Small-business owners reported nearly unanimously that they are expecting to grow in 2013, and along with that growth will come additional hiring needs, according to a survey of more than 600 small-business owners released by Ontraport, a provider of a business and marketing automation platform.
The survey, which was conducted across a broad cross section of small businesses, including restaurants, information marketers, retail outlets and financial services, found almost 60 percent of small businesses are expecting to add employees in 2013; however, more than 40 percent said they felt that financing is more difficult to secure now than it was in the past. Even though financing pressures are one of the top areas of stress for small-business owners, 60 percent of those surveyed said they will not be looking for any financing in 2013.
“Small business needs to start growing again before we finally see strong growth in the overall economy. Small-business growth will translate into more hiring, increased needs for commercial real estate, capital expenditures and an increase in borrowing,” Sunovis Financial President Terry Robinson said in a statement. "The economic recovery in the U.S. will in part depend on small-business recovery. Our company mission is to help small businesses."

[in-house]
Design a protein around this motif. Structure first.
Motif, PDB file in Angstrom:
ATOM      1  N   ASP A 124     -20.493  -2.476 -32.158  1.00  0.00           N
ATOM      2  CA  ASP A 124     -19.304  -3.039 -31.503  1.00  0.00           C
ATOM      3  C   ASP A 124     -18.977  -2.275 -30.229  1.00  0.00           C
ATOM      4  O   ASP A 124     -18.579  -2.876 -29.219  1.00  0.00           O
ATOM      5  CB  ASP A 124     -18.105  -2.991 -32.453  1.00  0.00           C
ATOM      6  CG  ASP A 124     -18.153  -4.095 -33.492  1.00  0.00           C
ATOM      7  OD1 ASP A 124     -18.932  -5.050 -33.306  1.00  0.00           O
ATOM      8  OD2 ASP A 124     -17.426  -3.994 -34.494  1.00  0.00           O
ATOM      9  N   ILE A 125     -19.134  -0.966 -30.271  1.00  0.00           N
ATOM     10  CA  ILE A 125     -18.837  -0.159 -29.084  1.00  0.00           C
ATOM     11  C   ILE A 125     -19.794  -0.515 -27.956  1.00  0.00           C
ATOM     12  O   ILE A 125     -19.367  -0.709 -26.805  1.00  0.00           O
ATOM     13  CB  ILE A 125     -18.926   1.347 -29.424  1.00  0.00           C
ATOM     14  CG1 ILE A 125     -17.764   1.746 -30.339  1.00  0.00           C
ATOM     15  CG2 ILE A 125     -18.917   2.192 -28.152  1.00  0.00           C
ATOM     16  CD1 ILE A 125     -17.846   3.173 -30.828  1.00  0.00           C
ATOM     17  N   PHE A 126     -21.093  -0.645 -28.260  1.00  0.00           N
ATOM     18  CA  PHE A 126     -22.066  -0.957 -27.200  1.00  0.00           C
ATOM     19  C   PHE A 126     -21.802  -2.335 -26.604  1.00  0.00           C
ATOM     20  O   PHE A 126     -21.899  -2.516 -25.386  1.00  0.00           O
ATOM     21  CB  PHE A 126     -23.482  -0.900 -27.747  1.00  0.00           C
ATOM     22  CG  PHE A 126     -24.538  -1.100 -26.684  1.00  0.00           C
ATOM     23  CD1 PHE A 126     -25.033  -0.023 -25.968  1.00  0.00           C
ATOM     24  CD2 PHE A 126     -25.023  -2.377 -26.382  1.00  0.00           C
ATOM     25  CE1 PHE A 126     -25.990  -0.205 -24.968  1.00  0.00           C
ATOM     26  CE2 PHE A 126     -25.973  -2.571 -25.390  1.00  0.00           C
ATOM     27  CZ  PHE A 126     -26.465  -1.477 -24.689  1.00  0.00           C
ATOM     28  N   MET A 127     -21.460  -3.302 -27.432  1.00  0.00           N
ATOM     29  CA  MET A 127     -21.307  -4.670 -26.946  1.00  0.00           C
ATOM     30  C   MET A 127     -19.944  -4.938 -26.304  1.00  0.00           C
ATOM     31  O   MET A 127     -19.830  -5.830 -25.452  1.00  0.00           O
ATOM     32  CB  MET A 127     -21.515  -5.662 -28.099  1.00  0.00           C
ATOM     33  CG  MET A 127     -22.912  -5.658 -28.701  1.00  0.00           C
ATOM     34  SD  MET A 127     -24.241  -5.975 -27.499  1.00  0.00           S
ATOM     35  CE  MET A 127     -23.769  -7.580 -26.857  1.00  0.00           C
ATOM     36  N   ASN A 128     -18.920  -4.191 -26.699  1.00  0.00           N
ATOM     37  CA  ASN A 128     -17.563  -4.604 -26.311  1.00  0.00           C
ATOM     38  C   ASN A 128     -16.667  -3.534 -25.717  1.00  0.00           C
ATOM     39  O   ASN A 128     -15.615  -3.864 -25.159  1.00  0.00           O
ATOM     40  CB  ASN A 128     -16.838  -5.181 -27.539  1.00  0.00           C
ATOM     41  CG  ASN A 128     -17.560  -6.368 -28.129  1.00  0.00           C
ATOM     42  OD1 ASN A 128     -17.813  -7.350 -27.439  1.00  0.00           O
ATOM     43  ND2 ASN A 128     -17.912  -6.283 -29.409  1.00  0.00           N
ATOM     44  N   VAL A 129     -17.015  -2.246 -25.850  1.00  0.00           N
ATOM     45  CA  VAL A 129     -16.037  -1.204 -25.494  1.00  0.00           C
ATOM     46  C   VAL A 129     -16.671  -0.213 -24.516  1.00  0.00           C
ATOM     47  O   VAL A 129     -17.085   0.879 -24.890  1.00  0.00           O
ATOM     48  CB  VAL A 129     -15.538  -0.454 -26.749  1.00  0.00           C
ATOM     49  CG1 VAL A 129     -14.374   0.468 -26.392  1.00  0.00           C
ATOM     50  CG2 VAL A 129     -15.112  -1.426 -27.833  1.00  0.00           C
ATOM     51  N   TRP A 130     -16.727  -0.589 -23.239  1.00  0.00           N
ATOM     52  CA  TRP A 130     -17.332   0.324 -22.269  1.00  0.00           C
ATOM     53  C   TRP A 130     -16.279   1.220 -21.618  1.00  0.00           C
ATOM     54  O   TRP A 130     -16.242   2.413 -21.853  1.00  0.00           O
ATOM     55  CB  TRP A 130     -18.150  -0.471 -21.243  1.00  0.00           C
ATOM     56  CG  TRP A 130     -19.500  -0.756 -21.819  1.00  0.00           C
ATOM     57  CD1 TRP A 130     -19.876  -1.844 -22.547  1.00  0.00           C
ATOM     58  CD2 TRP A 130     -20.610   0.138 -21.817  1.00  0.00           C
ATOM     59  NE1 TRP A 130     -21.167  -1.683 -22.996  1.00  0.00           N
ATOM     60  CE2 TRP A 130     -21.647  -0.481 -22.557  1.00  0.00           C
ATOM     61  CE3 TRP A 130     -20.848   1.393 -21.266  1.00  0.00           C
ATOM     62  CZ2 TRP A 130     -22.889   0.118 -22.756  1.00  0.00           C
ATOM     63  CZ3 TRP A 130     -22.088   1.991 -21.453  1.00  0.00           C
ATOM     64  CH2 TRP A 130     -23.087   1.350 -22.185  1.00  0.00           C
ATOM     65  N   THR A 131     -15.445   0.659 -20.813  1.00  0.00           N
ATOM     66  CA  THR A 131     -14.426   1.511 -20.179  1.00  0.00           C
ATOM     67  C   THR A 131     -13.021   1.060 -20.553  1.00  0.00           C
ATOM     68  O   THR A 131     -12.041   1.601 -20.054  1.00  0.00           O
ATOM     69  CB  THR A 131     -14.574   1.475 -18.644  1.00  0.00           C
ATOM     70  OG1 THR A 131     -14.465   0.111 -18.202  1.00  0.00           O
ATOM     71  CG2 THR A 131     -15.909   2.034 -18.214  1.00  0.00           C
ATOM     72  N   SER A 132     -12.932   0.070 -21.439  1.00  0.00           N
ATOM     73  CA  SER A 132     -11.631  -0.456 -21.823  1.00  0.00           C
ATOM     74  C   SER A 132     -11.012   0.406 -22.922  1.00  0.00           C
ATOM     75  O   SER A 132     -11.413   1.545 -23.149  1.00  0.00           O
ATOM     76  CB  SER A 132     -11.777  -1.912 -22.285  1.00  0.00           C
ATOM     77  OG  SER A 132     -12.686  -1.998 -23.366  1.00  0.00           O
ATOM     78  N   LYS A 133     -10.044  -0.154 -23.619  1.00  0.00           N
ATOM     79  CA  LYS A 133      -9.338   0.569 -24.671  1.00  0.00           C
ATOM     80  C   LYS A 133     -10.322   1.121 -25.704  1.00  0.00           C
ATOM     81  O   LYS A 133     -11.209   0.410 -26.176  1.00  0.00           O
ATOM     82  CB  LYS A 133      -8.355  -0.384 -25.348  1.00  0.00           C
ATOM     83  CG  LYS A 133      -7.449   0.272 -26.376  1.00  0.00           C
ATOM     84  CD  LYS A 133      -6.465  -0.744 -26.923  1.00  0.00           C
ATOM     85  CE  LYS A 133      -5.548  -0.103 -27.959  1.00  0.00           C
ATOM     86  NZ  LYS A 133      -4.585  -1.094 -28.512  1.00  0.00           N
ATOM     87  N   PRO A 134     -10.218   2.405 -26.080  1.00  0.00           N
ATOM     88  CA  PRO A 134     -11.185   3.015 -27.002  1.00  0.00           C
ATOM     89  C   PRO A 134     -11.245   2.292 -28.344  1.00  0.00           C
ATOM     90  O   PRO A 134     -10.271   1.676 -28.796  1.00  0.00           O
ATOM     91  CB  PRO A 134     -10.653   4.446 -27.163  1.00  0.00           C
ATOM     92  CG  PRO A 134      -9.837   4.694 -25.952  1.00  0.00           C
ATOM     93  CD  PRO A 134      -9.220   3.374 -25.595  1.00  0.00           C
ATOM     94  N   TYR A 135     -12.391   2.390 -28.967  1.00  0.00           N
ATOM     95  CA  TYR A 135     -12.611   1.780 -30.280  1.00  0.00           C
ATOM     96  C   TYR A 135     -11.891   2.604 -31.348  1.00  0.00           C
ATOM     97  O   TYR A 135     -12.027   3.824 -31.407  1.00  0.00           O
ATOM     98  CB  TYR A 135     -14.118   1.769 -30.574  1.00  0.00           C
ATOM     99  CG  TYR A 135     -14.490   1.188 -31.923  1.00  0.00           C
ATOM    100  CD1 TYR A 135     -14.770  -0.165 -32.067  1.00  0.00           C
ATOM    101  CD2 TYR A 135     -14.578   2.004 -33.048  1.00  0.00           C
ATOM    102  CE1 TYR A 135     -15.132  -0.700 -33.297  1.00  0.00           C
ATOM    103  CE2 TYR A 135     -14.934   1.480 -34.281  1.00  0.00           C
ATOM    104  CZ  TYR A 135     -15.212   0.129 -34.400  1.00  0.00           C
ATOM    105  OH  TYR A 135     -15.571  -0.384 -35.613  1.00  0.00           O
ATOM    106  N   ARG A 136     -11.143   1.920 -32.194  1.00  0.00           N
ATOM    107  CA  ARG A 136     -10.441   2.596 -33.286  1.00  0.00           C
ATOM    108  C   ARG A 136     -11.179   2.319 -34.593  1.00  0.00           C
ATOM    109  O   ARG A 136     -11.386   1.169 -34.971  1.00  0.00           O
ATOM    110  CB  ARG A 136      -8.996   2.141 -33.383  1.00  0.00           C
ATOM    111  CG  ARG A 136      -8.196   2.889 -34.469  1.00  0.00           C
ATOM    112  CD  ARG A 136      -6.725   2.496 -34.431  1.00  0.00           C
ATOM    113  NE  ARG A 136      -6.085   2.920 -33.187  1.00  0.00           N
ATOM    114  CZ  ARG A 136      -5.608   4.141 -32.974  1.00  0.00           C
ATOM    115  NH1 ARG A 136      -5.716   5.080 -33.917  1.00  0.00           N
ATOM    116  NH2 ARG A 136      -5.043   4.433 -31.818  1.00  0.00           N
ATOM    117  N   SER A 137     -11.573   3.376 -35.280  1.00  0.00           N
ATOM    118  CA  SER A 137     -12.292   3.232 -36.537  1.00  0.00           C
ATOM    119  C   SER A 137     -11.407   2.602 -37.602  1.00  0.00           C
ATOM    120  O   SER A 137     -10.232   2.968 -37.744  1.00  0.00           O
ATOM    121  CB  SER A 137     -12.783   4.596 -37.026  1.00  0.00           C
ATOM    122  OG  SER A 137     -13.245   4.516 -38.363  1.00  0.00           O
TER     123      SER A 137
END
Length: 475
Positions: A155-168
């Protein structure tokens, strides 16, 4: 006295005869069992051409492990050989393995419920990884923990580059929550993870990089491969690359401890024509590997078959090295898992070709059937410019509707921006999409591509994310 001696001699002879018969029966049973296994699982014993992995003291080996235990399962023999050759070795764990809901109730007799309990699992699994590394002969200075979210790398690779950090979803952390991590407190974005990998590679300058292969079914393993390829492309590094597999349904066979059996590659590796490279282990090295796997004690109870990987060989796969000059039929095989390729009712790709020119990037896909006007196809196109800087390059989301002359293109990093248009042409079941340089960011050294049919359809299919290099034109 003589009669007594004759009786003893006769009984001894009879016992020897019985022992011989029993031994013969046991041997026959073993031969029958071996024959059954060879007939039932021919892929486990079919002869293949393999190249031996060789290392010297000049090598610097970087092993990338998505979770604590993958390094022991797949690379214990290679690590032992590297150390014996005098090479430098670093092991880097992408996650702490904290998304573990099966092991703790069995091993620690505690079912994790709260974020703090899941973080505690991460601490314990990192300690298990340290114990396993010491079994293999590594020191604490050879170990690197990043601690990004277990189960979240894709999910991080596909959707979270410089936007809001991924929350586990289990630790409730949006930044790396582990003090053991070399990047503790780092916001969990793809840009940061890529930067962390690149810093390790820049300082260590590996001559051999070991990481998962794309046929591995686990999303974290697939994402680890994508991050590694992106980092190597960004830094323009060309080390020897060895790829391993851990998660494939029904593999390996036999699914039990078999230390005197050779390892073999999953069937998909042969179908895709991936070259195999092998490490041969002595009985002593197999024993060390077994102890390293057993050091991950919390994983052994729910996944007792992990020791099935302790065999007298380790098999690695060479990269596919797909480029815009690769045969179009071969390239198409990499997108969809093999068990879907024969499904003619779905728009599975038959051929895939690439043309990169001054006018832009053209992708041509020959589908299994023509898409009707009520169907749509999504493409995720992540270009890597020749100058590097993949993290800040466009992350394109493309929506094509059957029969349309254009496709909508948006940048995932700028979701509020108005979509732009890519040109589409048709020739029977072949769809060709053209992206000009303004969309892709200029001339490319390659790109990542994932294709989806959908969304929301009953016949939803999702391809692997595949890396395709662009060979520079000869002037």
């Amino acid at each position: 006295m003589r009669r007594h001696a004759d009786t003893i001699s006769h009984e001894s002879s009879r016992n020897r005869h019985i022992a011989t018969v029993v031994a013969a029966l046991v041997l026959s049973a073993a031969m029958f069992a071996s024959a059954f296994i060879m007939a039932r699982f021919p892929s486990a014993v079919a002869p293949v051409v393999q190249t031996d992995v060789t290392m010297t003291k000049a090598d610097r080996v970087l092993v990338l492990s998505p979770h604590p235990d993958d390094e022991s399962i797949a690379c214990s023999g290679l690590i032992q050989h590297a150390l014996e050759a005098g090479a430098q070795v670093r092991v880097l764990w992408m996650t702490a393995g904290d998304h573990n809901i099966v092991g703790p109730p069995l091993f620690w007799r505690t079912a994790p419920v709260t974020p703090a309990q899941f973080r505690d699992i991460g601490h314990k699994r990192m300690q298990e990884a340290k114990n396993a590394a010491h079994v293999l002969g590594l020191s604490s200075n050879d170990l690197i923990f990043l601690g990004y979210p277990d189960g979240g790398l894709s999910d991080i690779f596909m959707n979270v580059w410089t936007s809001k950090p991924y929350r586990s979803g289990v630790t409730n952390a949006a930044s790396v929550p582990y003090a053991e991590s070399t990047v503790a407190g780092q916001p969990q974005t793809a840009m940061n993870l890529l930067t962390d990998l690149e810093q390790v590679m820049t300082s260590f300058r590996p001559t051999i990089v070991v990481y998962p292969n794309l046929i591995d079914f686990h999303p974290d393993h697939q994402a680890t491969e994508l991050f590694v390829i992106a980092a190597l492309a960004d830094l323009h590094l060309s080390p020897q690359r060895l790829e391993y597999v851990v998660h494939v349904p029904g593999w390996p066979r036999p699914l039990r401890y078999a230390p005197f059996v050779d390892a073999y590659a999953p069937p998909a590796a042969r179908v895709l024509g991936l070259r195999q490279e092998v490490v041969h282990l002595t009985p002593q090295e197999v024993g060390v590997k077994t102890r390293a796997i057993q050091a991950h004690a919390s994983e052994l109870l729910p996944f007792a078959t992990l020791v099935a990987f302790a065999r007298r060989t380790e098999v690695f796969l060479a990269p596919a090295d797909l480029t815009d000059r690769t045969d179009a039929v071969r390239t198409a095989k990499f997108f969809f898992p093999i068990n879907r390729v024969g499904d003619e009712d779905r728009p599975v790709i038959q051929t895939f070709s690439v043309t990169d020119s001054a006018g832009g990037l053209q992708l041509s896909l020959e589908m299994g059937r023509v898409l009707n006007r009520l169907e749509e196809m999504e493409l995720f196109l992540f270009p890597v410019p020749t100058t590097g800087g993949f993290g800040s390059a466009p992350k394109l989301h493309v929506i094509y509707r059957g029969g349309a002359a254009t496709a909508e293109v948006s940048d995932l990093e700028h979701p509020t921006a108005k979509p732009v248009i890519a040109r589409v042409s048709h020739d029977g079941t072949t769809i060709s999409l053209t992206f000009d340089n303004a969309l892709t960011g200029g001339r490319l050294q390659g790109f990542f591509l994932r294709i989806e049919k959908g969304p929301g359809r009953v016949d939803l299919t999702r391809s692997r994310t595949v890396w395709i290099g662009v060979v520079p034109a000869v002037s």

According to the report, more than one-third of those surveyed would take more time for themselves if given an extra hour each day. Despite the fact that 42 percent of small-business owners started their own business as a means to pursue their passion, many of them are now looking for more personal time.
However, a recent report from the National Federation of Independent Business (NFIB) was less positive, finding small-business owner confidence did not rebound in December, according to the Small Business Optimism Index. While owner optimism crept up slightly over November’s historically low report, the reading was still the second lowest since March 2010.
The report said December’s poor report resulted largely from a deterioration of labor market components, and the surprising percentage of owners who still expect business conditions to worsen in the next six months. Seventy percent of owners surveyed characterized the current period as a bad time to expand, while one in four of them cited political uncertainty as the top reason. Taxes (23 percent) and regulations (21 percent) rank as the top two business problems, with “poor sales” as a close third (19 percent).
“The January survey results will be far more enlightening about how the sector views the deal—higher taxes and minimal spending cuts may not be a panacea,” NFIB Chief Economist Bill Dunkelberg said in a statement. “And let’s not forget what is looming on the horizon: a debate over the debt limit and a regulatory avalanche of historic proportions about to spill out into the country. Happy New Year.”